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War & Humanity: Where Do We Go from Here?

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There is an average of twenty ongoing wars in the world at any given time. Some are internal civil wars, others are between nations. But the purpose of this thesis is not to report warfare, but the act of it. This includes the evolution of conventional and nuclear warfare, the potential effect of a nuclear war and why it is necessary for nations to fight war. This analysis will be based on a study of Gwyn dwyer?s seven-part series, ? War ?. The only other references used to compound this thesis will be statements from former heads of state, as corresponding to the subject of war.

War is an indispensable part of civilization an is found at every chapter of human history. It is the culmination of the basic survival instinct when provoked. In the early centuries, traditional warfare employed the use of hoplite soldiers and cavalry who met at a scheduled location and fought reciprocally. The seventeenth century changed the rules of warfare, beginning with Napoleon, who increased the scale of battle in the Baradino church in 1812. The French Revolution marked the rise of modern nationalism, with civilians volunteering to join the army. The concept of National Mobilization was introduced, but not effected until the American Civil war. The Industrial Revolution produced new weapons, such as the machine-gun and the tank. These weapons assured a greater scale of destruction than was formerly accomplished.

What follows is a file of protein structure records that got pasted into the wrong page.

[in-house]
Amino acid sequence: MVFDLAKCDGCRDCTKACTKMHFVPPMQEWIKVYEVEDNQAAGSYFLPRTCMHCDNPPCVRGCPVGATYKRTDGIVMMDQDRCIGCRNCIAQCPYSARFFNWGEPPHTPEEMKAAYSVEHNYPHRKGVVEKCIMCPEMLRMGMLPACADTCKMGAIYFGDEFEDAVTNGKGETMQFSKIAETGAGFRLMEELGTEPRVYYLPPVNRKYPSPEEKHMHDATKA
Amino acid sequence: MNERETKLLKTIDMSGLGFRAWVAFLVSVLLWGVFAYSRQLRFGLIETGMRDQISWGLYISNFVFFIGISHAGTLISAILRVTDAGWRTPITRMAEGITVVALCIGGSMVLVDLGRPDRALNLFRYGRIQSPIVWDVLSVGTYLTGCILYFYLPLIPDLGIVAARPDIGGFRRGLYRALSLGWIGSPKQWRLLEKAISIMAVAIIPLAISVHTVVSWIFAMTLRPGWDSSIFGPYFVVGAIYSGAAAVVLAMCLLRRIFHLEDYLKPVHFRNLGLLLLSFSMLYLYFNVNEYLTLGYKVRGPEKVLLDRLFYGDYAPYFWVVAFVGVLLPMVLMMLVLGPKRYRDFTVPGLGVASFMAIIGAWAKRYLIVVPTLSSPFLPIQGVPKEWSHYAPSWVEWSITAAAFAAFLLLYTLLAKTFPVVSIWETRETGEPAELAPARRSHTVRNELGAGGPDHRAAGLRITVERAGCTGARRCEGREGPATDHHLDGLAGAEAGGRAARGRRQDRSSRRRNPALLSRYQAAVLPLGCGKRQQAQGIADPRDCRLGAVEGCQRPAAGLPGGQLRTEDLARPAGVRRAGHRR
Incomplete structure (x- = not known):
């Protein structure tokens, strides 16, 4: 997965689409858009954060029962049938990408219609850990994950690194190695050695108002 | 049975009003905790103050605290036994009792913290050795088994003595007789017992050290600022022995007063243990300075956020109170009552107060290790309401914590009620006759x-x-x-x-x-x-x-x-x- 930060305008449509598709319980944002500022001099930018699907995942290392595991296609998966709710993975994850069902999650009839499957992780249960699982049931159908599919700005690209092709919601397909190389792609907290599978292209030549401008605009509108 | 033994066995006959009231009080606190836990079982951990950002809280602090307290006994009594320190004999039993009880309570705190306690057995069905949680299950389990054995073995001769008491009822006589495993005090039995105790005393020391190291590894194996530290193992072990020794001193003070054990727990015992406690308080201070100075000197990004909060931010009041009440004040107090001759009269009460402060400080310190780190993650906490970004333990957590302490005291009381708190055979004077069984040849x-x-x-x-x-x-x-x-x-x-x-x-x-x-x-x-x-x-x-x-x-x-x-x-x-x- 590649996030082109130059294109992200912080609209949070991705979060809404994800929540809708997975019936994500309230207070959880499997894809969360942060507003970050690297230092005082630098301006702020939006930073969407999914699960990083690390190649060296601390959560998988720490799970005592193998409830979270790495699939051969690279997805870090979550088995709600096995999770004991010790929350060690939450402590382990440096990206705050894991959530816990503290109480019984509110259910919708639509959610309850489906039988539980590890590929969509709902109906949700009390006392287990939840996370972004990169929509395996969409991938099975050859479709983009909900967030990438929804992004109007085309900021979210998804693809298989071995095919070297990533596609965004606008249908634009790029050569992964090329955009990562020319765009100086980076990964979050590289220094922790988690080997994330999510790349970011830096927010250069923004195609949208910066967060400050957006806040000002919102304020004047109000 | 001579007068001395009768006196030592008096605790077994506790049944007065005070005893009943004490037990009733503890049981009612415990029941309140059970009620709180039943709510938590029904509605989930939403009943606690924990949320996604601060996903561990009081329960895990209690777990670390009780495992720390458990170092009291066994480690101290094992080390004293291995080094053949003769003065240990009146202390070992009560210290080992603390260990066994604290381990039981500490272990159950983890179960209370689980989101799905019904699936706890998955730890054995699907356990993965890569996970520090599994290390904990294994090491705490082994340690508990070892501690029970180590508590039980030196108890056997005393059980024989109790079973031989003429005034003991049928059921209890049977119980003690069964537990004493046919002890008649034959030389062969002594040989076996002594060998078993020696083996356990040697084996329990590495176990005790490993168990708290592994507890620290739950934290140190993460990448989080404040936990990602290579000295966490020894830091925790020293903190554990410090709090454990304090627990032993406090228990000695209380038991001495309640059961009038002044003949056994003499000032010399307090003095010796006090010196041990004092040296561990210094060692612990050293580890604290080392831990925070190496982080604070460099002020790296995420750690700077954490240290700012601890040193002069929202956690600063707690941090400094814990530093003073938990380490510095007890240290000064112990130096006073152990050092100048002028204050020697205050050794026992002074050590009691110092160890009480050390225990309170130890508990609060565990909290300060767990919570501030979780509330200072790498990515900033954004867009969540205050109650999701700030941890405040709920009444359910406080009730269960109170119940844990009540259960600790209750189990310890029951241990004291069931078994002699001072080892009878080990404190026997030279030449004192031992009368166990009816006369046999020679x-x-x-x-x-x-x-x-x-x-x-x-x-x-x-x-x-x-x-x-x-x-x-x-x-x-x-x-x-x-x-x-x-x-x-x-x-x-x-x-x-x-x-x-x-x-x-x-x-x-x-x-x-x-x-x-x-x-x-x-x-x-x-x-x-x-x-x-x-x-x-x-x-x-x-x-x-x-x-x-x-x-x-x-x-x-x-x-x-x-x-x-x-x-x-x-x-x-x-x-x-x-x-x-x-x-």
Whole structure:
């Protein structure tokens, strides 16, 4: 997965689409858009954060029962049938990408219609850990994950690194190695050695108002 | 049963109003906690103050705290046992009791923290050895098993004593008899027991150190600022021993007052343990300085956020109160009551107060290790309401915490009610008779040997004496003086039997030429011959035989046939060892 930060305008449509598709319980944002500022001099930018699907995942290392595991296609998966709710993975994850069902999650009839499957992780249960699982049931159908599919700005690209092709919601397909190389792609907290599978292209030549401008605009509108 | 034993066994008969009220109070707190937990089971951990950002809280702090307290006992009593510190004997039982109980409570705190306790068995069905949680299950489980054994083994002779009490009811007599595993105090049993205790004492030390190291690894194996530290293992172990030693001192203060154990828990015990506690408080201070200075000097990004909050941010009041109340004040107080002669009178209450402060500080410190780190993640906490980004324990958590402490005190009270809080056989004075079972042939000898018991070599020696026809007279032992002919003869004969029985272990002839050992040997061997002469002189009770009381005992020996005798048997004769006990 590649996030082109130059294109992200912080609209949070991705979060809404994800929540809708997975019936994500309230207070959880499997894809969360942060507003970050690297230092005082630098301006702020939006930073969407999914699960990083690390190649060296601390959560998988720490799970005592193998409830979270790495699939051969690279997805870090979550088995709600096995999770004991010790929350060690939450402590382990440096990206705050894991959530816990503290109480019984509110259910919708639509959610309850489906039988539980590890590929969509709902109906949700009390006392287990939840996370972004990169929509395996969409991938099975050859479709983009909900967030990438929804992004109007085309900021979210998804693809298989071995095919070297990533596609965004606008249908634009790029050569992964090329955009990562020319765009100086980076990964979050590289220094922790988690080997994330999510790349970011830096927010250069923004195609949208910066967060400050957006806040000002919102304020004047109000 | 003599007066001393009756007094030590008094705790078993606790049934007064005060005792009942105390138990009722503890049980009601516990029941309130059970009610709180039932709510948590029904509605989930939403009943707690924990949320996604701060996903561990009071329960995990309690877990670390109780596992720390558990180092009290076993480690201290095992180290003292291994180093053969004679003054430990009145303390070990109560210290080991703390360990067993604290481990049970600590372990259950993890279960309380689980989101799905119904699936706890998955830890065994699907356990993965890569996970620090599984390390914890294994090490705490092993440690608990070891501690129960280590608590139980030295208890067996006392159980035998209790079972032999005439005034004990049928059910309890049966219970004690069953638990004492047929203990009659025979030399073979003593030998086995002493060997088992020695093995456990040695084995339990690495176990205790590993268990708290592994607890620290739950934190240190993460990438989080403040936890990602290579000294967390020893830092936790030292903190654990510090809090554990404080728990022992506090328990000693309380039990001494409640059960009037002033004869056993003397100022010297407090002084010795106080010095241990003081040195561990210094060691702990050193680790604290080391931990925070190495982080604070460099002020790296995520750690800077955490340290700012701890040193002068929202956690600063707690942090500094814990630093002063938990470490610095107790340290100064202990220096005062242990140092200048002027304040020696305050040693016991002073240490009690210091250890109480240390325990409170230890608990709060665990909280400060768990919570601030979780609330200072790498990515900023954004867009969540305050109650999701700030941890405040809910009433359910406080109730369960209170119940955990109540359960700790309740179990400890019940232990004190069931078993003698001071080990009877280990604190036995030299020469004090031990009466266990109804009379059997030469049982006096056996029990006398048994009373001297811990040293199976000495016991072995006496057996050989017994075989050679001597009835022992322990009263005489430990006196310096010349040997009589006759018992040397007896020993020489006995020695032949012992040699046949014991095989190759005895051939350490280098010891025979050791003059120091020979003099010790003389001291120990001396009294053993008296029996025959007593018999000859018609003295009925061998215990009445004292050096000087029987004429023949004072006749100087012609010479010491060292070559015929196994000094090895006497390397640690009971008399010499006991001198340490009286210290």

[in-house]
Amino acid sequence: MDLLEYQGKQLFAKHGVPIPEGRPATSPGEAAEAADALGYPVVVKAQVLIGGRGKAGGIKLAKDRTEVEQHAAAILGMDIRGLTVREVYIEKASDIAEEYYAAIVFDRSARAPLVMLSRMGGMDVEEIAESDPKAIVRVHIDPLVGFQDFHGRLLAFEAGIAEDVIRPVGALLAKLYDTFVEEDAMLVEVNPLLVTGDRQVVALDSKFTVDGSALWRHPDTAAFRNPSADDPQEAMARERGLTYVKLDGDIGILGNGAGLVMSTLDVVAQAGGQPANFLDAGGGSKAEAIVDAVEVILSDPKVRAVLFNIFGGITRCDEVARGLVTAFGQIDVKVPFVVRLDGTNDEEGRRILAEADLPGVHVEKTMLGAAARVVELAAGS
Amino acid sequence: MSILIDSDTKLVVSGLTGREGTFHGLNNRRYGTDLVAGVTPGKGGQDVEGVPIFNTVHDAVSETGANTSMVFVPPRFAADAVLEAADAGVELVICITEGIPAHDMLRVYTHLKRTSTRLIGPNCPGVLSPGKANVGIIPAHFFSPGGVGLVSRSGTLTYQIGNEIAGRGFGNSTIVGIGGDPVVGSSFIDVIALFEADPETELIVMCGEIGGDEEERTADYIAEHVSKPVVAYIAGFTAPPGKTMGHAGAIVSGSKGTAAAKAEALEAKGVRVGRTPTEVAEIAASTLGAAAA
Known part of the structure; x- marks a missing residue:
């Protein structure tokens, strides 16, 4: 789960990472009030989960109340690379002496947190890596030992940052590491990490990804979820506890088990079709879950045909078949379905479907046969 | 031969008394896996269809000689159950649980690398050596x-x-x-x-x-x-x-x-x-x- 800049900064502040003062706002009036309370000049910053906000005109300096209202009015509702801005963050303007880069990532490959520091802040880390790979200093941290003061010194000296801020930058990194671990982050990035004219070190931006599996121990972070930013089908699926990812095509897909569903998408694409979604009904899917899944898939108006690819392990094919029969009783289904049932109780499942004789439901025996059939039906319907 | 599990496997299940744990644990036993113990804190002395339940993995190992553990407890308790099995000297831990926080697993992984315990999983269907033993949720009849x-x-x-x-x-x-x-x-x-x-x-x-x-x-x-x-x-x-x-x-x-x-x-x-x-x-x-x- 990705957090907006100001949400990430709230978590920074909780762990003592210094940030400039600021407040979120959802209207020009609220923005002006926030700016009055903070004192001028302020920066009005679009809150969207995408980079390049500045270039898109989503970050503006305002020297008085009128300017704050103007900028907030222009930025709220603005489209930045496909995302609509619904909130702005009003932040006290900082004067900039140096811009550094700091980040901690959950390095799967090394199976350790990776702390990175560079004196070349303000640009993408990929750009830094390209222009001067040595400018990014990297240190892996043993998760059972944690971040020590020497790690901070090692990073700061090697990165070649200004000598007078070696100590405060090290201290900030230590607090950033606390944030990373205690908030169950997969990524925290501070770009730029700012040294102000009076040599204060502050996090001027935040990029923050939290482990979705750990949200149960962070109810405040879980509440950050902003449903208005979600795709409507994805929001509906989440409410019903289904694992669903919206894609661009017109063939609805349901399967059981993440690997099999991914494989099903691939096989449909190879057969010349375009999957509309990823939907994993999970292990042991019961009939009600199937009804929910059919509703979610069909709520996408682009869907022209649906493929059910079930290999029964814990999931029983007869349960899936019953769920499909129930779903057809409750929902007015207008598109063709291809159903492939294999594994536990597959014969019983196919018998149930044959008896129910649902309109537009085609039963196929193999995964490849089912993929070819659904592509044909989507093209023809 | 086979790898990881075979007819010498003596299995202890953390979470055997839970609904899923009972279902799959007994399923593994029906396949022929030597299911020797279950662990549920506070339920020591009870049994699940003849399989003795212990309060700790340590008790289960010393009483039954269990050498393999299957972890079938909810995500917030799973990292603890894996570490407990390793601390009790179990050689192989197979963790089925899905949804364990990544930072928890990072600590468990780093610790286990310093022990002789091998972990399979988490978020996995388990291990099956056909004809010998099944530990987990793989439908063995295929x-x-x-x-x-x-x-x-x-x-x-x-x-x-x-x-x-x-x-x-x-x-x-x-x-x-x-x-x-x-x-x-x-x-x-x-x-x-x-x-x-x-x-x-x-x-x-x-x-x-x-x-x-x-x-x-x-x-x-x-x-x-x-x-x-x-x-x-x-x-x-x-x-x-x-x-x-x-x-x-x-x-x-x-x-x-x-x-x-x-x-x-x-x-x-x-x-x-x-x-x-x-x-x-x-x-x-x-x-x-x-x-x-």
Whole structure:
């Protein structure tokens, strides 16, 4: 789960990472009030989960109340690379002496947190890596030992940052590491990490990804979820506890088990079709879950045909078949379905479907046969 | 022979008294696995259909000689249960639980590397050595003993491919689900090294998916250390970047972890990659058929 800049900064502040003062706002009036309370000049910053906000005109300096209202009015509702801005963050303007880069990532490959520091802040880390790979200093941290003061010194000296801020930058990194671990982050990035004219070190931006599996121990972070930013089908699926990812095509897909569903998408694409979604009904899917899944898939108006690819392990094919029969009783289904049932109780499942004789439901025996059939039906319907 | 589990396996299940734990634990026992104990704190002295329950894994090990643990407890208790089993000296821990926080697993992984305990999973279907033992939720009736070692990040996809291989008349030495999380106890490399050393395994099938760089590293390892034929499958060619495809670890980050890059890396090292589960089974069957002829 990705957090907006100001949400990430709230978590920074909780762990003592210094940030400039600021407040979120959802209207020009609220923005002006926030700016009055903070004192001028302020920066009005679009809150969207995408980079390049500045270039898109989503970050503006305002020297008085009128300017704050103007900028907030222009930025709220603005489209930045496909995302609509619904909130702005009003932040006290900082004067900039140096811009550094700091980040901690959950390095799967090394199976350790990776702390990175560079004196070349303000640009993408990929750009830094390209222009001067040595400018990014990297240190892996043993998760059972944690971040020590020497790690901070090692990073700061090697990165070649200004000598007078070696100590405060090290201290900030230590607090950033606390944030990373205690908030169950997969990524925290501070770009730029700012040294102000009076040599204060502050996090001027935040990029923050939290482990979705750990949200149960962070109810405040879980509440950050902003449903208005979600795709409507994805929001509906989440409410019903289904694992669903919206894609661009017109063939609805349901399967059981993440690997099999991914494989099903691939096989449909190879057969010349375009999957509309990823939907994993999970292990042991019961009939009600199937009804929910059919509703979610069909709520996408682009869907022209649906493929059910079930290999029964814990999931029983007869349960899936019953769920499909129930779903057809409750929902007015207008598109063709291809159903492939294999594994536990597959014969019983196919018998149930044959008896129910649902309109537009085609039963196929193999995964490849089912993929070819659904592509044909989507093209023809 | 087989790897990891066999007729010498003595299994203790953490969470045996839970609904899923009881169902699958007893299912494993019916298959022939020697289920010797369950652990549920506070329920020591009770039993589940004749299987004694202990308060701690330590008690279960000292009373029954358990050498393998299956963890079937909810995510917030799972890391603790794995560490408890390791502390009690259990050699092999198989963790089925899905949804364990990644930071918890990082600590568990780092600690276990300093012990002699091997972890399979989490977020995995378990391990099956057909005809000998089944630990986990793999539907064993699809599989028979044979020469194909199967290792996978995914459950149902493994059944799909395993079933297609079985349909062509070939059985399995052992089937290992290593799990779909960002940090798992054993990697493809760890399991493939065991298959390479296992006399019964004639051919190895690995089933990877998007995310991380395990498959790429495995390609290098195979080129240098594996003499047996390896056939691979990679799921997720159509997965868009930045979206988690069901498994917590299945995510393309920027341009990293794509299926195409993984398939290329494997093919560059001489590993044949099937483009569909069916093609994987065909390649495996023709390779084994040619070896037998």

The two world wars marked the greatest events in modern history. Apart from discarding traditional for what was termed ? conventional? warfare, they also disrupted the world order and set the stage for global destruction. With each war, there were new technological developments in weaponry, which were naturally followed [at a slower pace], by strategy. For the first time, on September 15th, 1915, combat was introduced on a civilian front, by the London bombing. Total war was a new idea developed to incorporate enemy civilians as targets as they were the backbone of the war industry. The atomic bombings of Nagasaki and Hiroshima are perhaps the best demonstration of the evolution of chemical warfare and its destruction potential. What was then known as Conventional warfare has become like an endangered species. Many nations have resorted to the accumulation of nuclear technology to protect their territoriality. Some of these are the U.S, Russia, the U.K, France, China, Israel, India and possibly Iraq. Ironically, the threat of nuclear war serves as the best prevention of war today.

Nuclear weapons are possibly the greatest threat to humanity, [besides global warming and the comet aimed for earth], and also the major stabilizing factor for world peace. Robert Oppenheimer said of the atomic bomb, after it was built, ?I am become death, the Destroyer of Worlds.? This statement is more accurate of the power of the nuclear bomb. There are presently over a thousand nuclear warheads in Europe, which has been predicted to be the battlefront of World War III. While the U.S claims that the use of their nuclear devices will only be if absolutely necessary, the Russians guarantee a deadly total retaliation. When does it become necessary to fight a nuclear war?. When one side attacks the enemy?s nuclear bases perhaps. The end of civilization would be reduced to the absurdly primitive notion of ?use?em or lose?em?.

While Nuclear technology can effectively destroy the world, it also serves as the best medium of peace-keeping. This is what Thomas Alva Edison envisioned when he



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